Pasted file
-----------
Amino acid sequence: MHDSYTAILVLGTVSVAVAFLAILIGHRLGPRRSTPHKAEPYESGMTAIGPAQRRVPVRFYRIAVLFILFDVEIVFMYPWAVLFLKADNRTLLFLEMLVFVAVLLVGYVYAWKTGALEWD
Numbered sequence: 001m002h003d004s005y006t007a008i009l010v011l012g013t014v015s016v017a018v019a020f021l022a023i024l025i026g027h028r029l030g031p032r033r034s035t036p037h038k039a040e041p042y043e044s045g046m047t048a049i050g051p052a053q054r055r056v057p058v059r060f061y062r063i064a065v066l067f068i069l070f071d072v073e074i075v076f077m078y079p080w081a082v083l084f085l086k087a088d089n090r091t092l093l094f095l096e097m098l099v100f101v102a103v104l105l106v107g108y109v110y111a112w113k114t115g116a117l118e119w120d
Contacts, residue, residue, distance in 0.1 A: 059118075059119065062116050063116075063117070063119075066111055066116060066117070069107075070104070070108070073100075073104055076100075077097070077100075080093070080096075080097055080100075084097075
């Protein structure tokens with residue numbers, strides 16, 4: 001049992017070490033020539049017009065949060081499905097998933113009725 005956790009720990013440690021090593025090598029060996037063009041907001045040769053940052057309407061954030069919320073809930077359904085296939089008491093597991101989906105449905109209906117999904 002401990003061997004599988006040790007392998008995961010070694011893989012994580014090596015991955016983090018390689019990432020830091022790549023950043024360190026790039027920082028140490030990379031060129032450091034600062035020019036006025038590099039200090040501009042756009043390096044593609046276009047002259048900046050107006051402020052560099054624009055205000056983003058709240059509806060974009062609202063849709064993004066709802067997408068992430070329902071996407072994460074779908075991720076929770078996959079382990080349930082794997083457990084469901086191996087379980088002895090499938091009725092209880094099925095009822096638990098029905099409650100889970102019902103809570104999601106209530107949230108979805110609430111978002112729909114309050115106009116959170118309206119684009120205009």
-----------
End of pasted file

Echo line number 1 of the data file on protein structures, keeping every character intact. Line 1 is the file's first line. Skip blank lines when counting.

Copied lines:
Amino acid sequence: MHDSYTAILVLGTVSVAVAFLAILIGHRLGPRRSTPHKAEPYESGMTAIGPAQRRVPVRFYRIAVLFILFDVEIVFMYPWAVLFLKADNRTLLFLEMLVFVAVLLVGYVYAWKTGALEWD